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Blues Dancing (P.S.)by Diane McKinney-Whetstone
Synopses & Reviews
My aunt says if you smell butter on a foggy night you're getting ready to fall in love.
For the last twenty years, the beautiful Verdi Mae has led a comfortable life with Rowe, the conservative professor who rescued her from addiction when she was an undergrad. But her world is about to shift when the smell of butter lingers in the air and Johnson — the boy from the back streets of Philadelphia who pulled her into the fire of passion and all the shadows cast from it — returns to town.
In "this story of self-discovery that moves seamlessly between the early 1970s and early 1990s" (Publishers Weekly starred review), acclaimed writer Diane McKinney-Whetstone takes readers into a world of erotic love, drugs, and political activism, and beautifully illustrates the struggle to reconcile passion with accountability and the redemptive powers of love's rediscovery. This P.S. edition features an extra 16 pages of insights into the book, including author interviews, recommended reading, and more.
Verdi, daughter of a Southern preacher, comes to Philadelphia in the 1970s and enrolls at the university. She meets Johnson, a poor, irresistible and militant student who teaches her about many things — including how to love heroin. Verdi is rescued by a professor who falls in love with her. Twenty years later, Johnson reenters Verdi's life.
In Blue Dancing, Diane McKinney-Whitestone and present, character and place with a transfixing lyricism that shimmers in its detail. This richly spun story of love, passion, betrayal, and redemption shifts seamlessly between modern-day and 70's Philadelphia when Verdi, the pampered daughter of a prosperous southern preacher, enrolls at the local university. Immediately drawn to Johnson, a fellow student whose city-smart ways are as intriguing as they are shocking, Verdi spirals into an unfamiliar world of erotic love, militant politics, and heroin. Enter Rowe, the conservative professor who rescues Verdi from her addiction even as he falls hopelessly in love with her himself.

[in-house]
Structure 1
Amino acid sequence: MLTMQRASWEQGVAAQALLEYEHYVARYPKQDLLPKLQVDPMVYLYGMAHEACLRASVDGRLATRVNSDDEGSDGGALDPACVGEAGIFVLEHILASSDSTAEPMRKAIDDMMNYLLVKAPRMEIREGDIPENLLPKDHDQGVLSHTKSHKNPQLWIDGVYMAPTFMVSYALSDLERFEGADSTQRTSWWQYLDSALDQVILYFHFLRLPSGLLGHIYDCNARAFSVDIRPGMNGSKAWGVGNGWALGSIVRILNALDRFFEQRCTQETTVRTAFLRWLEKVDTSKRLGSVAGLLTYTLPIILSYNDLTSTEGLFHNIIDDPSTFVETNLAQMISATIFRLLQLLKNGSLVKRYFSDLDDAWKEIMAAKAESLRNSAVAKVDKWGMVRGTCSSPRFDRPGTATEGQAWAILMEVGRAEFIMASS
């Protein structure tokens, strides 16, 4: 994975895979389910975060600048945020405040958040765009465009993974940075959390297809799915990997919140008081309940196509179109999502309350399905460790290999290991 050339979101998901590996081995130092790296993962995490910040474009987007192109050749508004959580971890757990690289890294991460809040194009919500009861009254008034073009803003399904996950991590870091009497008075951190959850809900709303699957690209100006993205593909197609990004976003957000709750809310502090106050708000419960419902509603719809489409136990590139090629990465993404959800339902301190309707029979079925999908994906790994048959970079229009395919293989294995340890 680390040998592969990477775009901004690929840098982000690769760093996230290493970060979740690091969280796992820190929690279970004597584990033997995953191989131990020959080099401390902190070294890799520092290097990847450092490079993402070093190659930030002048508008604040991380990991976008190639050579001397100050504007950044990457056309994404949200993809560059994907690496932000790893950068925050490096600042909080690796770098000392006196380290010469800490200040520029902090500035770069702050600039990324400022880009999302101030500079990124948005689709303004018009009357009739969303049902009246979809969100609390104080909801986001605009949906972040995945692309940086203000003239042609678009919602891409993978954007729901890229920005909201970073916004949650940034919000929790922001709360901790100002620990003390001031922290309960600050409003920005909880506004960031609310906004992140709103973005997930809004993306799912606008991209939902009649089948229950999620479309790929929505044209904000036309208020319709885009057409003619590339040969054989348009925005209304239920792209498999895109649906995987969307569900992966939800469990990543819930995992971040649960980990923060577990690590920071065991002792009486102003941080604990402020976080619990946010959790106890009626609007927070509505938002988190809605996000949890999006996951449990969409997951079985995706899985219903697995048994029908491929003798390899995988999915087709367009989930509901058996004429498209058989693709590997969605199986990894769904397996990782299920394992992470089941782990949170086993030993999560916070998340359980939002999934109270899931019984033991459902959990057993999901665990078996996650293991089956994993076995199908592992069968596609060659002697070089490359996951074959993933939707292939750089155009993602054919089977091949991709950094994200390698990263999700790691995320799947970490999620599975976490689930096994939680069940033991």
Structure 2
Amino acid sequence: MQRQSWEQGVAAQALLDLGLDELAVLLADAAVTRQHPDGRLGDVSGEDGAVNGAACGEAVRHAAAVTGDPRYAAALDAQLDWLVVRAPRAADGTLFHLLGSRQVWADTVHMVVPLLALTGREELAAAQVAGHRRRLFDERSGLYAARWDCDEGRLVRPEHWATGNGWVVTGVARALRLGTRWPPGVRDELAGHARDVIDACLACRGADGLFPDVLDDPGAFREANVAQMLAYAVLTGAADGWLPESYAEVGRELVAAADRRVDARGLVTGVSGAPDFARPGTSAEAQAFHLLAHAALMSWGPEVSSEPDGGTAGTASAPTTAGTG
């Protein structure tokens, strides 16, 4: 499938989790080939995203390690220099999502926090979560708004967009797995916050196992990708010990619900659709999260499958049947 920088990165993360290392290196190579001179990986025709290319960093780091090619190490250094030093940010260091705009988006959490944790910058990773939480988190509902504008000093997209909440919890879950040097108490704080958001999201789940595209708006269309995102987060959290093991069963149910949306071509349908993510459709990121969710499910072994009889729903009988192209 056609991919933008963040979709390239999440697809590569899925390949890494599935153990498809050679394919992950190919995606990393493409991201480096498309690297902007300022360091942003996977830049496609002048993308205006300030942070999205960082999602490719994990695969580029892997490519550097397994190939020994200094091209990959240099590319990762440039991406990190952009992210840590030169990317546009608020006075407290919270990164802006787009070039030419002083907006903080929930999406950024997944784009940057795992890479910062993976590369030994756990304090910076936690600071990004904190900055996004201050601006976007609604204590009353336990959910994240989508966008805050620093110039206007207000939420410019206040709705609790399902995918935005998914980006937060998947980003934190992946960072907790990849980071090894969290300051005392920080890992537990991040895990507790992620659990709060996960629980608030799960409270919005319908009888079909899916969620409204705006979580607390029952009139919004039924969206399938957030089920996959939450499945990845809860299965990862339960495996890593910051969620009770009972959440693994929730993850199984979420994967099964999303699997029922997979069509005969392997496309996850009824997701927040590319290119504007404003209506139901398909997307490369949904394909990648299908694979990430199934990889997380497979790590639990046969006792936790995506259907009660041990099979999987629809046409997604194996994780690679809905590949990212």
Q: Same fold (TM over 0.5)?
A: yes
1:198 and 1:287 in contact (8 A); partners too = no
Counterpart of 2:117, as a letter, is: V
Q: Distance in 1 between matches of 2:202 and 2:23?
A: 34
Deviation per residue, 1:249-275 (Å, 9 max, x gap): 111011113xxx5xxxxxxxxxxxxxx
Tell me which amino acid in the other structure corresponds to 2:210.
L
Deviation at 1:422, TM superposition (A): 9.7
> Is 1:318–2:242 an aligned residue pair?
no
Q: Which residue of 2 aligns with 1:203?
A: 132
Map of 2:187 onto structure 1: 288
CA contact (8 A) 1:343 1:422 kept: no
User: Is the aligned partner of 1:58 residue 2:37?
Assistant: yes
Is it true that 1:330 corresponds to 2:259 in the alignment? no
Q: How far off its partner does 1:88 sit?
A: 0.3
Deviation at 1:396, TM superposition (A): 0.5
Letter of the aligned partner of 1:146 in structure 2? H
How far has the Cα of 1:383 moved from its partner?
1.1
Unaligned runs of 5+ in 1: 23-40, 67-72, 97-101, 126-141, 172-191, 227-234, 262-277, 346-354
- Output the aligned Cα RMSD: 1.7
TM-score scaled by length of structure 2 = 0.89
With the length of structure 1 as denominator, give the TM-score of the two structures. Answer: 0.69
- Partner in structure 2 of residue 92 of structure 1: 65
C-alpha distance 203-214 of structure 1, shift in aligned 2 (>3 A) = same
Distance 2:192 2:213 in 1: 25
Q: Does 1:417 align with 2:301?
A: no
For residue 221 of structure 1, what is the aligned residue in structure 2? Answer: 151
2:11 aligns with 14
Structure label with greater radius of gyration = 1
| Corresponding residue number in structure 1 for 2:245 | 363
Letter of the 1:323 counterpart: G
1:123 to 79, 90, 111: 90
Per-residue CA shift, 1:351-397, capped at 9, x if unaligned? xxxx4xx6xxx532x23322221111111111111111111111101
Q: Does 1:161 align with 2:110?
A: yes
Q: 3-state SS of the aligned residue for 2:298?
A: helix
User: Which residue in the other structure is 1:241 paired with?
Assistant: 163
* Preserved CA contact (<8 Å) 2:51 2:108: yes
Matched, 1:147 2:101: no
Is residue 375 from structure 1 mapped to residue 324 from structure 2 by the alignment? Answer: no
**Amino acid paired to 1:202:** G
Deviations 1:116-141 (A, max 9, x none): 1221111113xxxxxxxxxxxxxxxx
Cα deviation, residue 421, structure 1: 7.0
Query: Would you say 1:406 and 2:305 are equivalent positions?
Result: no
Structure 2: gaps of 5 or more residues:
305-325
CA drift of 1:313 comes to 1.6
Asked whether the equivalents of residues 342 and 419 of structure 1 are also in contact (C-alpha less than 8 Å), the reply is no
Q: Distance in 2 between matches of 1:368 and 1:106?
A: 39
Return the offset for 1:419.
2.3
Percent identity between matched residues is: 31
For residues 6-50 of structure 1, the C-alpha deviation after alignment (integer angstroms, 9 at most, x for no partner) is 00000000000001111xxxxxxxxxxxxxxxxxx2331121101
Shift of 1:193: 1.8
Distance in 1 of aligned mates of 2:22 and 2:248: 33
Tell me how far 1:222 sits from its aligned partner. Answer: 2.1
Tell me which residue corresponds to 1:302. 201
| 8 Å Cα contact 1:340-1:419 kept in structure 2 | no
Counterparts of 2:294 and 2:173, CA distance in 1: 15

Twenty years later, as the novel opens, Verdi and Rowe's comfortable, if unexciting, existence is rocked when Johnson returns to town-and Verdi must grapple with the memories of her old love and the assurance of her new life. Smooth as jazz, belted out with McKinney-Whetstone's signature rhythm and intensity, Blues Dancing is both poignant and compelling, brilliantly capturing the desperate struggle to reconcile passion with accountability and the redemptive powers of love's rediscovery.
About the Author
Diane grew up in Philadelphia, the city she returns to as the setting for Leaving Cecil Street. Her work has appeared in Philadelphia Magazine; Essence; the Sunday Philadelphia Inquirer Magazine;and the anthologies Bluelight Corner, and Mending the World.
She has received numerous awards, including a Pennsylvania Council on the Arts grant, the Zora Neale Hurston Society award for creative contribution to literature, a citation from the Commonwealth of Pennsylvania for her portrayal of urban life as presented in Tumbling, Author of the Year award from the Go On Girl Book Club, and more.
She presently teaches fiction writing at her alma mater, the University of Pennsylvania. She lives in Philadelphia with her husband Greg, and sometimes her college-age twins, Taiwo, her daughter, and Kehinde, her son.
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